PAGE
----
Both Ivey and Markit suggest that input costs ramped up. And according to Markit, Canadian manufacturer are passing on their higher costs, so much so that factory gate price inflation hit a seven-year high in April.

What about the historical tendencies?

Well, CPI usually decelerates month-on-month between March and April. This obviously goes against the consensus as well as the hints from the PMI reports.

Also, economists tend to overshoot their guesstimates since there are more downside surprises. In fact, we have been getting downside surprises for the past three years.

To summarize, the leading indicators point to higher input costs in April. And Markit even found that manufacturers are passing on their costs, which is an argument in favor of a stronger monthly reading for headline CPI. And that’s in-line with consensus.

However, historical trends don’t support the consensus since monthly CPI usually slows down between March and April.

Furthermore, historical data show that economists tend to overshoot their guesstimates, resulting in more downside surprises.

Probability therefore appears to lean more towards a downside surprise, at least for the monthly CPI reading.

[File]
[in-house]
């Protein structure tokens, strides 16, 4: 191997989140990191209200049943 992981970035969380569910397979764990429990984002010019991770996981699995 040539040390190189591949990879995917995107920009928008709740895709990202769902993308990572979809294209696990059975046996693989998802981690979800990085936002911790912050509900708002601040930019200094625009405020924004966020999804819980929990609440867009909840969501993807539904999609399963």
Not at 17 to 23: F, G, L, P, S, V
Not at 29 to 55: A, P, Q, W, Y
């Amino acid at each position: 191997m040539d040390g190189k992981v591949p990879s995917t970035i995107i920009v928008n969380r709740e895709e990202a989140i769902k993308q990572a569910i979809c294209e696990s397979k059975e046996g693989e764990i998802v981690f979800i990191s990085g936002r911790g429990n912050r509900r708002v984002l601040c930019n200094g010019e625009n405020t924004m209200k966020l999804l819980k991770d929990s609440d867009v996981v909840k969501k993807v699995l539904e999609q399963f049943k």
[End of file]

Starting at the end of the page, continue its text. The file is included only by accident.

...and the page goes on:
But again, just keep in mind that we’re playing with probabilities here, so there’s no guarantee that the monthly reading will surprise to the downside.

Final Thoughts

Canada’s retail sales and CPI reports will be released simultaneously this Friday, just like last time.

As usual, just remember that if both top-tier reports disappoint, then the Loonie usually gets sold off.

Conversely, if both top-tier reports were to beat expectations, then that would likely propel the Loonie higher.

However, if the reports come in mixed, then it’s the CPI report that usually takes precedence because of its more direct link to monetary policy.

And the Loonie’s reaction to the previous reports is an example of this since the retail sales report was mixed on the surface (but negative overall) while the CPI report was a disappointment.

Overlay of CAD Pairs: 15-Minute Forex Chart
Overlay of CAD Pairs: 15-Minute Forex Chart

As for follow-through buying or selling, that usually depends on oil prices, so you may also want to keep an eye on oil prices as well.

And if you didn’t know, you can check out oil prices at our Live Market Rates page.